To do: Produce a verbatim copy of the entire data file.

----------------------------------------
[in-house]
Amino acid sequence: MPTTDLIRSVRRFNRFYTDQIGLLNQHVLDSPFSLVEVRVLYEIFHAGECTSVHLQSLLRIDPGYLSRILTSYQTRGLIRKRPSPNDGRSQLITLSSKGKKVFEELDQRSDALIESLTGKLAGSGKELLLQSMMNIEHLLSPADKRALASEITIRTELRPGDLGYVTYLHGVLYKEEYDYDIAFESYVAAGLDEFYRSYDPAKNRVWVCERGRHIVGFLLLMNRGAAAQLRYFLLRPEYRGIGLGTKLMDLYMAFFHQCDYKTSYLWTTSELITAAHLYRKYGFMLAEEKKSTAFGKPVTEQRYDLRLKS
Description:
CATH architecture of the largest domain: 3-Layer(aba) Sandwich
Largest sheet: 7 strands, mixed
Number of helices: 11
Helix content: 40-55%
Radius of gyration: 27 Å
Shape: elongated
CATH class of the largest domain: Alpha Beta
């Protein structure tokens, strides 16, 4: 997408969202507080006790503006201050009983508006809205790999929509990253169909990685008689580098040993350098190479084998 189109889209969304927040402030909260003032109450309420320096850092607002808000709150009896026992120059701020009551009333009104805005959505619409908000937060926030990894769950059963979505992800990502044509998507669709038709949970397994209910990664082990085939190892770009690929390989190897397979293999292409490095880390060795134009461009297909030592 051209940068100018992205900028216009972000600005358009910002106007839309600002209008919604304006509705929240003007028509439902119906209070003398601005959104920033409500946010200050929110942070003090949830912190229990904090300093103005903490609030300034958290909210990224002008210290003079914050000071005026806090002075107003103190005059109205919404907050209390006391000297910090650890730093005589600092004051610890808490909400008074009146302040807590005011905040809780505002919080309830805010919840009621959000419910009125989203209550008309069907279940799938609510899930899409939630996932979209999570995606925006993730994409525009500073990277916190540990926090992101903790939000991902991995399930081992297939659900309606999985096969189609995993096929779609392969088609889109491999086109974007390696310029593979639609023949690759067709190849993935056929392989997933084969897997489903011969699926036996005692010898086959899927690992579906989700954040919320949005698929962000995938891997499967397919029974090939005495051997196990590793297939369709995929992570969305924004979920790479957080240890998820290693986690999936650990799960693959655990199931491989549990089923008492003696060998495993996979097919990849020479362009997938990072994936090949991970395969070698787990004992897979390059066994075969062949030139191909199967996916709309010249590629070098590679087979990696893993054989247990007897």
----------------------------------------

[in-house]
Amino acid sequence: MPTTDLIRSVRRFNRFYTDQIGLLNQHVLDSPFSLVEVRVLYEIFHAGECTSVHLQSLLRIDPGYLSRILTSYQTRGLIRKRPSPNDGRSQLITLSSKGKKVFEELDQRSDALIESLTGKLAGSGKELLLQSMMNIEHLLSPADKRALASEITIRTELRPGDLGYVTYLHGVLYKEEYDYDIAFESYVAAGLDEFYRSYDPAKNRVWVCERGRHIVGFLLLMNRGAAAQLRYFLLRPEYRGIGLGTKLMDLYMAFFHQCDYKTSYLWTTSELITAAHLYRKYGFMLAEEKKSTAFGKPVTEQRYDLRLKS
Description:
CATH architecture of the largest domain: 3-Layer(aba) Sandwich
Largest sheet: 7 strands, mixed
Number of helices: 11
Helix content: 40-55%
Radius of gyration: 27 Å
Shape: elongated
CATH class of the largest domain: Alpha Beta
């Protein structure tokens, strides 16, 4: 997408969202507080006790503006201050009983508006809205790999929509990253169909990685008689580098040993350098190479084998 189109889209969304927040402030909260003032109450309420320096850092607002808000709150009896026992120059701020009551009333009104805005959505619409908000937060926030990894769950059963979505992800990502044509998507669709038709949970397994209910990664082990085939190892770009690929390989190897397979293999292409490095880390060795134009461009297909030592 051209940068100018992205900028216009972000600005358009910002106007839309600002209008919604304006509705929240003007028509439902119906209070003398601005959104920033409500946010200050929110942070003090949830912190229990904090300093103005903490609030300034958290909210990224002008210290003079914050000071005026806090002075107003103190005059109205919404907050209390006391000297910090650890730093005589600092004051610890808490909400008074009146302040807590005011905040809780505002919080309830805010919840009621959000419910009125989203209550008309069907279940799938609510899930899409939630996932979209999570995606925006993730994409525009500073990277916190540990926090992101903790939000991902991995399930081992297939659900309606999985096969189609995993096929779609392969088609889109491999086109974007390696310029593979639609023949690759067709190849993935056929392989997933084969897997489903011969699926036996005692010898086959899927690992579906989700954040919320949005698929962000995938891997499967397919029974090939005495051997196990590793297939369709995929992570969305924004979920790479957080240890998820290693986690999936650990799960693959655990199931491989549990089923008492003696060998495993996979097919990849020479362009997938990072994936090949991970395969070698787990004992897979390059066994075969062949030139191909199967996916709309010249590629070098590679087979990696893993054989247990007897």